You can listen to our interview with Naomi Schaefer Riley, author of "Be the Parent Please: Stop Banning Seesaws and Start Banning Snapchat" on the Today's Mama Podcast HERE!
A group of former Facebook and Google employees last week began a campaign to change the tech companies they had a hand in creating. The initiative, called Truth About Tech, aims to push these companies to make their products less addictive for children — and it’s a good start.
But there’s more to the problem. If you think middle-class children are being harmed by too much screen time, just consider how much greater the damage is to minority and disadvantaged kids, who spend much more time in front of screens.
According to a 2011 study by researchers at Northwestern University, minority children watch 50 percent more TV than their white peers, and they use computers for up to one and a half hours longer each day. White children spend eight hours and 36 minutes looking at a screen every day, according to a survey by the Kaiser Family Foundation, while black and Hispanic children spend 13 hours.
While some parents in more dangerous neighborhoods understandably think that screen time is safer than playing outside, the deleterious effects of too much screen time are abundantly clear. Screen time has a negative effect on children’s ability to understand nonverbal emotional cues; it is linked to higher rates of mental illness, including depression; and it heightens the risk for obesity.
In 2004, Dimitri Christakis of Seattle Children’s Hospital wrote in the medical journal Pediatrics that “early exposure to television was associated with subsequent attentional problems.” Even when controlling for socioeconomic status, gestational age and other factors, he discovered that an increase of one standard deviation in the number of hours of television watched at age 1 “is associated with a 28 percent increase in the probability of having attentional problems at age 7.”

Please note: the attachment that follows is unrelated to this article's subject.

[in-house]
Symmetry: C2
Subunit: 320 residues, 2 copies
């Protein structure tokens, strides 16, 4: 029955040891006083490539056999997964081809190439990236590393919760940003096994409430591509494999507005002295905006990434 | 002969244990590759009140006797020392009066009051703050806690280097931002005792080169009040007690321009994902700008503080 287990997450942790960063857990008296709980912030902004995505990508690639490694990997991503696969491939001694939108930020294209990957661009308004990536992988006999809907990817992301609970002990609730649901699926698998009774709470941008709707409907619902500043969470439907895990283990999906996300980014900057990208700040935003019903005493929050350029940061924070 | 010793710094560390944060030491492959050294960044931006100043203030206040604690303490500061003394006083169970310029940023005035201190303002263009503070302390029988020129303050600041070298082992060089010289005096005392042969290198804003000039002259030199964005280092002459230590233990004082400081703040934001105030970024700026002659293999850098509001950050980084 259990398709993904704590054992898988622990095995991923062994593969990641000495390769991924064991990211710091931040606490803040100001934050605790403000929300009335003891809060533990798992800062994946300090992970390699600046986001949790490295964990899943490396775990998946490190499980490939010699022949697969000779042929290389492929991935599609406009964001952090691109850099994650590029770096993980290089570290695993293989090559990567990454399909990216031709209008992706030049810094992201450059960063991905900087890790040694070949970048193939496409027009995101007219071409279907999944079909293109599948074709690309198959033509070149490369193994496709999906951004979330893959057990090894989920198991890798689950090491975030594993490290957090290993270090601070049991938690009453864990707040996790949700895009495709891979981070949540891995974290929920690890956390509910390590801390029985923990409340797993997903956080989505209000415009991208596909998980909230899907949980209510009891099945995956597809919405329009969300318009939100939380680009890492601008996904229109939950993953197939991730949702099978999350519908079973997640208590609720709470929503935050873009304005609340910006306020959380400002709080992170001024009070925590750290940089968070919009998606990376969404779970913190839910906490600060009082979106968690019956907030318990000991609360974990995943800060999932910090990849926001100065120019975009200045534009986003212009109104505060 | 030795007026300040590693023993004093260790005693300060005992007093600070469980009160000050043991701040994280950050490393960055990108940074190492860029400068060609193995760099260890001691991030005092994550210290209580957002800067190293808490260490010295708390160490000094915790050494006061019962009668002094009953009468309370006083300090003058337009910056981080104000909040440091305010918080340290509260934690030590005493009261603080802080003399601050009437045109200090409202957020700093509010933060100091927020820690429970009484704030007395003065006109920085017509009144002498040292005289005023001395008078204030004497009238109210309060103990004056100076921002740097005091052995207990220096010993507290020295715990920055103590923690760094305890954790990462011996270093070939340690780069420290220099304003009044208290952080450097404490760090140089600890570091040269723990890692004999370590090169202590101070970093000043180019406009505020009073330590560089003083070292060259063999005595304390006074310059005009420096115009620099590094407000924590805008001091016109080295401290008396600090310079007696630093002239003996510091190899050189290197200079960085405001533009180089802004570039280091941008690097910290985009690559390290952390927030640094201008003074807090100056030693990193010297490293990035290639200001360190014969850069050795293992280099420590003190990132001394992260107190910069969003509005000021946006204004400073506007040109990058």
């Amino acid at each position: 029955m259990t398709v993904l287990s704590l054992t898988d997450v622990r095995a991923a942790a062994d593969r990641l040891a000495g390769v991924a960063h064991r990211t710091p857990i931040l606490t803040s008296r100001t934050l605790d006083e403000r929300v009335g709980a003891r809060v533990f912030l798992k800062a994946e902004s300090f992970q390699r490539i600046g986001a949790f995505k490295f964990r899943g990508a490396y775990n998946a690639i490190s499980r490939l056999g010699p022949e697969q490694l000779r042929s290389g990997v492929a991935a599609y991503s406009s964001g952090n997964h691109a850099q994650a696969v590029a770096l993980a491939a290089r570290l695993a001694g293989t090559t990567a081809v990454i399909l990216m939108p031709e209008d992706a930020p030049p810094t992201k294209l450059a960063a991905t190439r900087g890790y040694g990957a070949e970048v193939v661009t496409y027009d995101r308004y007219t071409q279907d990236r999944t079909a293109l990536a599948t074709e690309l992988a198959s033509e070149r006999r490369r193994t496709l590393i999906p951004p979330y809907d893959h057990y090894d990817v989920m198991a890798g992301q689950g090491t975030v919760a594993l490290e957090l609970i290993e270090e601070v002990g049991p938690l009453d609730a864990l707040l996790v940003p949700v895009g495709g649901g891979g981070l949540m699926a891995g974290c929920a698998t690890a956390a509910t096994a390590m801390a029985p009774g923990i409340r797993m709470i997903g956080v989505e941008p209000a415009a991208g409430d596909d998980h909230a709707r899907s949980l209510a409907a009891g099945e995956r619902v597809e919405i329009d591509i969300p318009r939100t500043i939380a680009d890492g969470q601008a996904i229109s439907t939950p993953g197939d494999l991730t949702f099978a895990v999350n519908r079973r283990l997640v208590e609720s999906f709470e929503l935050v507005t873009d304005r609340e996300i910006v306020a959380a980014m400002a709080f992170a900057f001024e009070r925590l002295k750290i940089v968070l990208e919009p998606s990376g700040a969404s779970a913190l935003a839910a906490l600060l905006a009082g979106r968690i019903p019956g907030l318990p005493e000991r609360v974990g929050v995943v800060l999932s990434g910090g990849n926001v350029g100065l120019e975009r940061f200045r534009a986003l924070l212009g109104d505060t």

Every additional hour of TV increased a child’s odds of attention problems by about 10 percent. Kids who watched three hours a day were 30 percent more likely to have attention trouble than those who watched none. A 2010 article in Pediatrics confirmed that exposure to TV and video games was associated with greater attention problems in children. Meanwhile, Paul Morgan at Penn State and George Farkas at the University of California, Irvine, have found that black children are more likely to show symptoms of attention deficit hyperactivity disorder than their white peers.
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Unfortunately, too often the message we send low-income and less-educated parents is that screen time is going to help their children. Fifteen years ago, when I was a Big Sister to a girl who attended one of Brooklyn’s worst middle schools, her mother was given strict instructions by teachers to purchase a faster computer as soon as possible to get her daughter’s grades up. Today, thanks to lucrative contracts with school districts, tech companies are happy to bring screens into the classroom and send them home.
But there is little evidence that such programs are helping students. Take Maine, which guarantees a tablet for every student. According to NPR, “at a cost of about $12 million annually,” the state “has yet to see any measurable increases on statewide standardized test scores.”
When politicians and policymakers talk about kids and technology, it is usually about “bridging the digital divide,” making sure that poor kids have as much access as wealthier ones. But there is no evidence that they don’t. According to a 2015 Pew report, 87 percent of Americans between the ages of 13 and 17 have access to a computer. For families earning less than $50,000 a year, that number is 80 percent. As for a racial divide, Pew finds that African-American teenagers are more likely to own a smartphone than any other group of teenagers in America.
These facts have not been allowed to get in the way of the shiny-new-things approach to learning. In 2014, New York received a half-million-dollar grant to lend internet hot spots to low-income families. According to the Urban Libraries Council, such lending programs are “the latest buzz.” Similar programs have begun in Chicago, Seattle and St. Paul, with funding coming from Google and other companies.
But no one is telling poorer parents about the dangers of screen time. For instance, according to a 2012 Pew survey, just 39 percent of parents with incomes of less than $30,000 a year say they are “very concerned” about this issue, compared with about six in 10 parents in higher-earning households.
Make no mistake: The real digital divide in this country is not between children who have access to the internet and those who don’t. It’s between children whose parents know that they have to restrict screen time and those whose parents have been sold a bill of goods by schools and politicians that more screens are a key to success. It’s time to let everyone in on the secret.
Naomi Schaefer Riley (@NaomiSRiley) is a visiting fellow at the American Enterprise Institute and the author of “Be the Parent, Please: Stop Banning Seesaws and Start Banning Snapchat.”